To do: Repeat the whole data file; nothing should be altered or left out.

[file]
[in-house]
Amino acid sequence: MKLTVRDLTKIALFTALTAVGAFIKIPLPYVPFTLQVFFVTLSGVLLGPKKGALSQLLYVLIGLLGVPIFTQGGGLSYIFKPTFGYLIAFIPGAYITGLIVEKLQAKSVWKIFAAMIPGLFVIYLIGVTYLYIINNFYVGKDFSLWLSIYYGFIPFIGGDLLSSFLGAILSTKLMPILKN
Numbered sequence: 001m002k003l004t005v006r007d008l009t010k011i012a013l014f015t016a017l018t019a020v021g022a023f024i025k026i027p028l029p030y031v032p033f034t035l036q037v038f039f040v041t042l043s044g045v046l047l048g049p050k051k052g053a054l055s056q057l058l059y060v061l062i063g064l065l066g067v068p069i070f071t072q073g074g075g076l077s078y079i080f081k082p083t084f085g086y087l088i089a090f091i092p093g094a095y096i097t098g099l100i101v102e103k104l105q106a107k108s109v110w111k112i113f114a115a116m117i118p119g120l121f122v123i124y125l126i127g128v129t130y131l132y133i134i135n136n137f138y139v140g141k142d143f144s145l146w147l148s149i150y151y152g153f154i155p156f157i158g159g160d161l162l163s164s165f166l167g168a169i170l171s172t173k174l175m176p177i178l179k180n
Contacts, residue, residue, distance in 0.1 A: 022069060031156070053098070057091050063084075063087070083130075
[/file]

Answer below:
[in-house]
Amino acid sequence: MKLTVRDLTKIALFTALTAVGAFIKIPLPYVPFTLQVFFVTLSGVLLGPKKGALSQLLYVLIGLLGVPIFTQGGGLSYIFKPTFGYLIAFIPGAYITGLIVEKLQAKSVWKIFAAMIPGLFVIYLIGVTYLYIINNFYVGKDFSLWLSIYYGFIPFIGGDLLSSFLGAILSTKLMPILKN
Numbered sequence: 001m002k003l004t005v006r007d008l009t010k011i012a013l014f015t016a017l018t019a020v021g022a023f024i025k026i027p028l029p030y031v032p033f034t035l036q037v038f039f040v041t042l043s044g045v046l047l048g049p050k051k052g053a054l055s056q057l058l059y060v061l062i063g064l065l066g067v068p069i070f071t072q073g074g075g076l077s078y079i080f081k082p083t084f085g086y087l088i089a090f091i092p093g094a095y096i097t098g099l100i101v102e103k104l105q106a107k108s109v110w111k112i113f114a115a116m117i118p119g120l121f122v123i124y125l126i127g128v129t130y131l132y133i134i135n136n137f138y139v140g141k142d143f144s145l146w147l148s149i150y151y152g153f154i155p156f157i158g159g160d161l162l163s164s165f166l167g168a169i170l171s172t173k174l175m176p177i178l179k180n
Contacts, residue, residue, distance in 0.1 A: 022069060031156070053098070057091050063084075063087070083130075